For those who don’ t know, the Finance Committee calls the shots at OWS in terms of where the money goes. If a working group at OWS wants more money, then they have to go through the Finance Committee.

In an article by New York Magazine, the author took a closer look at how the Finance Committee functions, and also the problems that people have with the Finance Committee.

Members of the Finance Committee, such as John McGarvey, are people that have jobs that are somewhat interesting for OWS members. Their occupations include being businessmen, lawyers, and bank investors, though they also have a tattoo artist/software project manager (who was going to get an NYU finance degree before dropping out to support OWS)

That’s right, the very same people that OWS members are taking a stand against, also happen to be a part of OWS, I guess that goes to show skeptics that you can be both rich, and empathetic to the needs of the poor, who knew?

However, the Finance Committee is a stingy group. A group of drummers went to the General Assembly of OWS to ask for new drums, their request was denied because it didn’t go through the Finance Committee.

In fact, everything in terms of finances must go through the Finance Committee, even if the General Assembly has already consented to it.

In addition, the Finance Committee also takes money that working groups or other components of OWS raises. However, if the group wants to get the money back, they must fill out paperwork, and go before the Finance Committee, and in many cases, even if the group wants back money that it raised, it may not get it back.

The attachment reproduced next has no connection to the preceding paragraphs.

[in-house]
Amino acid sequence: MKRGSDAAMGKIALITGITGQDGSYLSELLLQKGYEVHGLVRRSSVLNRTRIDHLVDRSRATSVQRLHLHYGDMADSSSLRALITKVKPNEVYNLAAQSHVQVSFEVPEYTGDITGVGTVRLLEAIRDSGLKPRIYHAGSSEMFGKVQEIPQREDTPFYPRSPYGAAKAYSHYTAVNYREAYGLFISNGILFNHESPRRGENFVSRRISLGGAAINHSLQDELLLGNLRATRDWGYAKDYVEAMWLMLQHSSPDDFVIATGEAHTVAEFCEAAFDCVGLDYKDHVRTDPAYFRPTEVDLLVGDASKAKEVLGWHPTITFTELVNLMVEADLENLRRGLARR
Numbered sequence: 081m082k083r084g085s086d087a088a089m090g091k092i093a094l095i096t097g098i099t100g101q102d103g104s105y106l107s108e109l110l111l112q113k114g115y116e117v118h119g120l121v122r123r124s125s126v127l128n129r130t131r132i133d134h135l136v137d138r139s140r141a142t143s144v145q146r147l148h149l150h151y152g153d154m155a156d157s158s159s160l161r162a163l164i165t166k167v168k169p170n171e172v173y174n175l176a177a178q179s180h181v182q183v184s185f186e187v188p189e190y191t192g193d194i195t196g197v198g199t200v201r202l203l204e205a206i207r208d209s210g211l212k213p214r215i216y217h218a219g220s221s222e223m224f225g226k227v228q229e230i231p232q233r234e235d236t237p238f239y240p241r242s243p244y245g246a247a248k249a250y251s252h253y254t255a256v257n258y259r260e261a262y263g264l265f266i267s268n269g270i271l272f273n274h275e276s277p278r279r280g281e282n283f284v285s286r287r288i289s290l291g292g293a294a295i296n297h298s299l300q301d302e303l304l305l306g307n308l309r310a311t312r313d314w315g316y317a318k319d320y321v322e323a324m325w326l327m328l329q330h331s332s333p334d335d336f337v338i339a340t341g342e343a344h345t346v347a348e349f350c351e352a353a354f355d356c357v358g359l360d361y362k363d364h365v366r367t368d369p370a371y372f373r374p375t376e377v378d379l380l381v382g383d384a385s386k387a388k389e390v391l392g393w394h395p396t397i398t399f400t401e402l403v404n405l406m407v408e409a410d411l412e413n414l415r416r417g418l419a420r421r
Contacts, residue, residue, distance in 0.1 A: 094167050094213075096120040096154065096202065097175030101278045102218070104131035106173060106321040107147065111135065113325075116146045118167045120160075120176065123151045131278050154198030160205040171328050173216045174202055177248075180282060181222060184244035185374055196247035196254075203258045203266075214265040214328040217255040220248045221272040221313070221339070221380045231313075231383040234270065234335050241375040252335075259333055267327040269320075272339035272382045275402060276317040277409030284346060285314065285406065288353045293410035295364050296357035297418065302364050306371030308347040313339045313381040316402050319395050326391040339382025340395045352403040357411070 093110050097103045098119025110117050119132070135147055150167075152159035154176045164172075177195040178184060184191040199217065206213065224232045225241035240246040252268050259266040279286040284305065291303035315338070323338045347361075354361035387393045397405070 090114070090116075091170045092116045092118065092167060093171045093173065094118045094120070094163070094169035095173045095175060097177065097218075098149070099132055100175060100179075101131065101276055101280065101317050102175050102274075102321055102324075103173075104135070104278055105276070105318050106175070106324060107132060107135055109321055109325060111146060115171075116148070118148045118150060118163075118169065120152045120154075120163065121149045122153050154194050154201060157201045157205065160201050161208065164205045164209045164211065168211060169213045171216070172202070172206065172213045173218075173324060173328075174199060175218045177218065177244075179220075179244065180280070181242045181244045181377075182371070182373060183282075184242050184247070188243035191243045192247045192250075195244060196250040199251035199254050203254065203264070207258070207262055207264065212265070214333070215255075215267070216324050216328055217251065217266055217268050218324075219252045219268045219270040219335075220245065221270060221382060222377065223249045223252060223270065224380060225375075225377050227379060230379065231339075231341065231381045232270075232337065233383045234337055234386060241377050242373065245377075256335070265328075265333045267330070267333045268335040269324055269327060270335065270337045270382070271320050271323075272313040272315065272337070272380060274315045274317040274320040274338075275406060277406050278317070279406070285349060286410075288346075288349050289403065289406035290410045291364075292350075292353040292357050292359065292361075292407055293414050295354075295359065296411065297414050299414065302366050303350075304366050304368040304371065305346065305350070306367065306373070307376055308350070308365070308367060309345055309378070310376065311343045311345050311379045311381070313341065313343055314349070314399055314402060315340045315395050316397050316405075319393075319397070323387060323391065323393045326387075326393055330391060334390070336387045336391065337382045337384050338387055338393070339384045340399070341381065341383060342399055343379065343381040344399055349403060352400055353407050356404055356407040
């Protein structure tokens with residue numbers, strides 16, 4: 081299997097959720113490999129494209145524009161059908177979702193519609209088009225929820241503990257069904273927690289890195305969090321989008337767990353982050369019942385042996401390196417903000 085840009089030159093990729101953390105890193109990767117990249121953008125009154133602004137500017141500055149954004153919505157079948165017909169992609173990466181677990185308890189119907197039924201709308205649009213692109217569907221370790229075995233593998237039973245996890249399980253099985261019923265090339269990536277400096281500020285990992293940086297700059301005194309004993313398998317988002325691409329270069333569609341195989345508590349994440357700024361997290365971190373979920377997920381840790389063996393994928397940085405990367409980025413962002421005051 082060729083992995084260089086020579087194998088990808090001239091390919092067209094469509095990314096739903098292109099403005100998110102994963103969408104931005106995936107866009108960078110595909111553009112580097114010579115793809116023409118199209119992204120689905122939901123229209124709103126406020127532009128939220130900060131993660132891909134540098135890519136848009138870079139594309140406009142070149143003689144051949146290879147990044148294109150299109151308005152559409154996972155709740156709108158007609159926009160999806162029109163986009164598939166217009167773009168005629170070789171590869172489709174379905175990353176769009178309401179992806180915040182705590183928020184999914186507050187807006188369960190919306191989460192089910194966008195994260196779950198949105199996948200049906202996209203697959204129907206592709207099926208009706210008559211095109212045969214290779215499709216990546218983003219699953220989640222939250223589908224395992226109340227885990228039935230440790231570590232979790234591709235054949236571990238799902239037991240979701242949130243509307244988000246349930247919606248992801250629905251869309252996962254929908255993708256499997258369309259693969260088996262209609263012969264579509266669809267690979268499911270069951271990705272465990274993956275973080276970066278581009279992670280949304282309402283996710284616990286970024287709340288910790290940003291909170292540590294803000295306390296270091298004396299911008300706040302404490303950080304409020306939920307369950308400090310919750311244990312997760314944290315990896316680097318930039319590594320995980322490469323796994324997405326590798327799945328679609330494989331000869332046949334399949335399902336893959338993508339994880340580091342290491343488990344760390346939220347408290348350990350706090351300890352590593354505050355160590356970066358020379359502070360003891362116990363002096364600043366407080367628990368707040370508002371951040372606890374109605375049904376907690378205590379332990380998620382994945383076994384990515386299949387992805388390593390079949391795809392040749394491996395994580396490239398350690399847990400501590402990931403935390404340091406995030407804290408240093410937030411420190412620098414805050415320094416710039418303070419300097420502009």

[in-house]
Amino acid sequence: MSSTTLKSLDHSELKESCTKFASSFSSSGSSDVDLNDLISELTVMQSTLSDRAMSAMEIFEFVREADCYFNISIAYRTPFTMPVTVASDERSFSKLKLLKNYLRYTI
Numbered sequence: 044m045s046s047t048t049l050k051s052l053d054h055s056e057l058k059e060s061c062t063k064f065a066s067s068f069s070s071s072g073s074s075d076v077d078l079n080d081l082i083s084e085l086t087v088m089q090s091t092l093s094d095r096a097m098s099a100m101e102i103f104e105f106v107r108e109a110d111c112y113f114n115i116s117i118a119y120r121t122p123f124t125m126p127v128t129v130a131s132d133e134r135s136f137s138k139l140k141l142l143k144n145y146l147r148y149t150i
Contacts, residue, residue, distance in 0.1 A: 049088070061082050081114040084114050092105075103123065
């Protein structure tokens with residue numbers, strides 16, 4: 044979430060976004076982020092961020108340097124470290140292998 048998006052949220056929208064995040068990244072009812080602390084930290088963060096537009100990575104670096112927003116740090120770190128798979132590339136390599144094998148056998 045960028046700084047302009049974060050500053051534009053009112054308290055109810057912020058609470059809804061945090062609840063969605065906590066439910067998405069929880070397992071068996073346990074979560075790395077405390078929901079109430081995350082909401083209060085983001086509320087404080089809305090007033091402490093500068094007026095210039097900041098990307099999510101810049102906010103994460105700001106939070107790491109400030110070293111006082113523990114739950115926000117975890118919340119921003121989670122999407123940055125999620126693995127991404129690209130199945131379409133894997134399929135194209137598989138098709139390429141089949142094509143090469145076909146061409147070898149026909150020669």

So does this mean that OWS has a leader, does a group of highly-paid elites run OWS?

Jackie DiSalvo, an key occupation organizer and union leader said, “At OWS, we try not to have leaders, but, in fact, that has resulted in our having many, many leaders.”

Does this mean that she was specifically referring to the members of the Finance Committee, absolutely not, but it does mean that they have a big say in an organization that is supposed to be about what the people want.

I wonder, what does it mean when a small group essentially controls what OWS will do, in terms of finances.

If I’ve proved anything with my posts, it’s that money is key to this organization, and this small group of people controls the money.


–          Justin


Some People Never Learn to Share…. and for Good Reasons